The Sancho 200

The Sancho 200 is a small event put on by the folks at Einstein Cycles and Bearclaw Bicycles in Traverse City, MI. As usual, the course is predominately gravel and two track. This event has all the appeal of a locals ride but out-of-towners are welcome to join. Registration is capped at 50 folks so one considering the ride shouldn’t sit on it for too long. Anyways, Traverse City, MI is a 4 hour drive from my home in Ferndale so we planned on staying in the area for the weekend. TC has a bunch of lodging options to fit almost any budget; resorts, franchise hotels, independently-owned murder lodges, park benches, and other more legal forms of camping are available. You can spend as little or as much as you want. I stayed about a half mile from the race’s start/finish line. Even better, I had a direct & car-free route from the hotel to the start via the Traverse Area Recreational Trail.
The First 50 Miles:
A total of 39 riders made their way to the doorstep of Einstein Cycles in the pre-dawn hours on Saturday with 3 opting to depart hours before the official start time of 6:00AM. A Speedway gas station across the street was open providing racers with the opportunity to sabotage and/or cleanse their digestive tracts. We got our first glimpse of the sun behind dissipating cloud cover just before 6:00 and we were off soon after. It doesn’t take long to rid oneself of signs and symptoms of civilization in this region. A few short miles had passed and we’d encountered our first dirt roads of the day and it wouldn’t be long until were struggling to hold a line through protracted sections of ankle deep sand on the course’s numerous Outdoor Recreational Vehicle (ORV) trails. A group of 36 doesn’t take long to break apart in these conditions.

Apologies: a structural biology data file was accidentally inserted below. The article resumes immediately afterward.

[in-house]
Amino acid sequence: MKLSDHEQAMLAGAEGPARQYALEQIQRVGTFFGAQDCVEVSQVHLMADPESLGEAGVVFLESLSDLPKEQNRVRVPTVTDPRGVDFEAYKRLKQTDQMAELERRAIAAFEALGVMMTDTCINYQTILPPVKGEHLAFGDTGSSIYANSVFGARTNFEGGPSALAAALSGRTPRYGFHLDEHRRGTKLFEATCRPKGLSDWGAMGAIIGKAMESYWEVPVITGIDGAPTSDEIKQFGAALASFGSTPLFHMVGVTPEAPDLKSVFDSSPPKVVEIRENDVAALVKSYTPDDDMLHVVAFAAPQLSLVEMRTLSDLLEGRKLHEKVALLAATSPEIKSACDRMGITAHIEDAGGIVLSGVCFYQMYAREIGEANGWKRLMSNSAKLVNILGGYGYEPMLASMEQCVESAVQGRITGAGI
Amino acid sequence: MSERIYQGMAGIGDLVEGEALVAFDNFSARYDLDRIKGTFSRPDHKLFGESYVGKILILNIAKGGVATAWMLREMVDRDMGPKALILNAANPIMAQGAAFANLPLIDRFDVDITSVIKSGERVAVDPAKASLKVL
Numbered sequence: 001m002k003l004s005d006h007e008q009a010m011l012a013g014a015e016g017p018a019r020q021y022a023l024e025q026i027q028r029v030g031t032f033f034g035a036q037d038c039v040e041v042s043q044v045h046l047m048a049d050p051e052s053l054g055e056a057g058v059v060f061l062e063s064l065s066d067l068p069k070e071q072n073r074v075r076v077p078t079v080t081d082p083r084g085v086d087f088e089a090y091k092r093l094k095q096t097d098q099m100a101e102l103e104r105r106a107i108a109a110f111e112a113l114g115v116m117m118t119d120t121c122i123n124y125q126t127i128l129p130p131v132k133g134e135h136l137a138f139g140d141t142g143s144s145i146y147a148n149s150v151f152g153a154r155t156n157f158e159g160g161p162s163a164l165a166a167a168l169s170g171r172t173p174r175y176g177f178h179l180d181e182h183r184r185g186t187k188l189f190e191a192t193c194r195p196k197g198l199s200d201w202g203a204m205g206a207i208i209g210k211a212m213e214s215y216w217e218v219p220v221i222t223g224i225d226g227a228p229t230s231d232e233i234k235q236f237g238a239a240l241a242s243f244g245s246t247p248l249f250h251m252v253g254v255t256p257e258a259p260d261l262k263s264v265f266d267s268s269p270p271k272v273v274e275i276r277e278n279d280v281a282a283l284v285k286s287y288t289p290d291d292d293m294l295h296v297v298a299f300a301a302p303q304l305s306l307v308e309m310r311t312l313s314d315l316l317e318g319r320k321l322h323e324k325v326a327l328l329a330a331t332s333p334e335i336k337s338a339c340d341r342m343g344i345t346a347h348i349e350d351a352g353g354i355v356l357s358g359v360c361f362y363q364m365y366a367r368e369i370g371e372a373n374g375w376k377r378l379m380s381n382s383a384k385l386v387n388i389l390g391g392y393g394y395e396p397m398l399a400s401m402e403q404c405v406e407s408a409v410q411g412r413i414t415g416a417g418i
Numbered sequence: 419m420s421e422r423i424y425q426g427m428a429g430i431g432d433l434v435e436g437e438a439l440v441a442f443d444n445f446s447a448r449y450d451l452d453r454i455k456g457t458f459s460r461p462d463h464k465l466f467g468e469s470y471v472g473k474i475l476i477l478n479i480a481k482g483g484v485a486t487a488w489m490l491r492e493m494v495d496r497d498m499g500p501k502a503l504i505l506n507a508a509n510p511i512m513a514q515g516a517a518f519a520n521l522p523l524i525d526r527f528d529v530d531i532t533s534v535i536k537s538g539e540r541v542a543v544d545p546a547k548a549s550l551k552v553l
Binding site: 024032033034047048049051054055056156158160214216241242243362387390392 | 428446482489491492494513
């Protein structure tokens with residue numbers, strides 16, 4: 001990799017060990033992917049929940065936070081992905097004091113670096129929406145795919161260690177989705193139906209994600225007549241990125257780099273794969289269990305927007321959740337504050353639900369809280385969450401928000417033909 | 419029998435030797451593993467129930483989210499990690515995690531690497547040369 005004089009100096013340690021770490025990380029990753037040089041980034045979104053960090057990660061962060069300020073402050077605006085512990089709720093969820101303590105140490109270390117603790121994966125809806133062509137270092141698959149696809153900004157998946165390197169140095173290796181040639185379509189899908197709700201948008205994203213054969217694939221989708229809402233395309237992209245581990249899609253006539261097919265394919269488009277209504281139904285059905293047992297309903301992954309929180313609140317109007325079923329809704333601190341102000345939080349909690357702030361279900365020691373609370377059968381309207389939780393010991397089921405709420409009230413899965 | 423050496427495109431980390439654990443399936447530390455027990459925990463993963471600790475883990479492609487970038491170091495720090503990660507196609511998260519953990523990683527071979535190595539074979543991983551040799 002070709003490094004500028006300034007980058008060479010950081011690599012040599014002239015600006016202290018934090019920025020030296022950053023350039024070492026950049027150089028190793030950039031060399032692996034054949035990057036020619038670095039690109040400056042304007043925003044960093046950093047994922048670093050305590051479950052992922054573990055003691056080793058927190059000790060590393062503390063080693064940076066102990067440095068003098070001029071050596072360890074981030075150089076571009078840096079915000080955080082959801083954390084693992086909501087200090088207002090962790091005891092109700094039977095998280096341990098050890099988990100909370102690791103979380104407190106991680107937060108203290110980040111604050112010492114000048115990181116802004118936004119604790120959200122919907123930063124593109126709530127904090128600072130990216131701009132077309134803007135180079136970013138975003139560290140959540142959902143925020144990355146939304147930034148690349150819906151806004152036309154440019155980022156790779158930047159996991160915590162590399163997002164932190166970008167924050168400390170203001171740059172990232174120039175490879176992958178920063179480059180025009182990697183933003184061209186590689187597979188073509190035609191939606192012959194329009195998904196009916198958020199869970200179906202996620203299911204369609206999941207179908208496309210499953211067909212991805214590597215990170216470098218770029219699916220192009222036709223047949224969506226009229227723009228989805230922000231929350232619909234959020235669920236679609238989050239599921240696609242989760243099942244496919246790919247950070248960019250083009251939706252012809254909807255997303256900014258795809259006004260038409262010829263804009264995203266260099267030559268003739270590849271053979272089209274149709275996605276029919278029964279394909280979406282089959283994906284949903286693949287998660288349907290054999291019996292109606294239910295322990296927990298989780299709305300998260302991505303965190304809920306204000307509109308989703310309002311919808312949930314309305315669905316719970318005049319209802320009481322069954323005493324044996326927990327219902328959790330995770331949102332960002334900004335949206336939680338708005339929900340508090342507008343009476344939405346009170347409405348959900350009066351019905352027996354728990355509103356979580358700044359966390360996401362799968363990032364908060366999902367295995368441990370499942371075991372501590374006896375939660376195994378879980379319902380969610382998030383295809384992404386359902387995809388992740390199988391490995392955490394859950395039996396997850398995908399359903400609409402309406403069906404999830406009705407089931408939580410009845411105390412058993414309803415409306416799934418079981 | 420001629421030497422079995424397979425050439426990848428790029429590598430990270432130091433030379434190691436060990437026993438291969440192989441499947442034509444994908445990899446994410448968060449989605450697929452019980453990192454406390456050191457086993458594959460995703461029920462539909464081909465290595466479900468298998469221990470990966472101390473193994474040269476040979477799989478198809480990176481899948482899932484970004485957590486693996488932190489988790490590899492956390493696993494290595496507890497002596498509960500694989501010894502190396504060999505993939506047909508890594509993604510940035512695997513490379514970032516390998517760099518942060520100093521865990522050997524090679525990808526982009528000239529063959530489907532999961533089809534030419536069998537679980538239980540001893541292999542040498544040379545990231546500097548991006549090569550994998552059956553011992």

I knew this was going to be a tough course.  I knew there was going to be sand and I knew I’d have to walk at points, but none of that knowledge helped keep my cool as thoughts of throwing in the towel crept in way too early. I couldn’t hold any speed or keep one tire in front of the other. We were only 20 miles in and I was already sinking into those dark places you wouldn’t normally experience in a long race until after you’ve had 3 flats and you’ve been out of water for hour.

All complaining aside, I need to emphasize that the Sancho 200 course is tough, but its brilliant in its design. There’s a lot of challenging terrain to cover and it’ll definitely get under your skin, but the tough stuff is finite in duration. There’s a strange rhythm to the varying terrain. It feels like your ability to weather the hard parts gets better as you progress through the course. You can’t always see the end of a tough section, but it’s there, and it’s worth the trouble because the scenery can’t be beat. It’s an amazing place to ride and sometimes drag your bike.
Eventually, I’d reach the first checkpoint at mile 46.  After getting my name checked off the roster, I filled up a bottle and attempted to diagnose and resolve a bit of intermittent tire rub on the seat stays. After inspection, I determined the cause was stuffing a 45mm tire into a frame that only ever claimed to fit a 42. I’ve never been great with sticking to the rules. After a minute of useless fiddling with hub placement in the horizontal dropout, I made peace with it and headed out with thoughts of throwing in the towel still swimming in my head.  Moments later I was joined by the recent Coast to Coast Gravel Grinder onespeed champ and longtime friend Jordan Caverly.  He’d run into a few issues that morning as well.  We had a few laughs at our individual plights and casually agreed to press on, possibly in search for the nearest bar.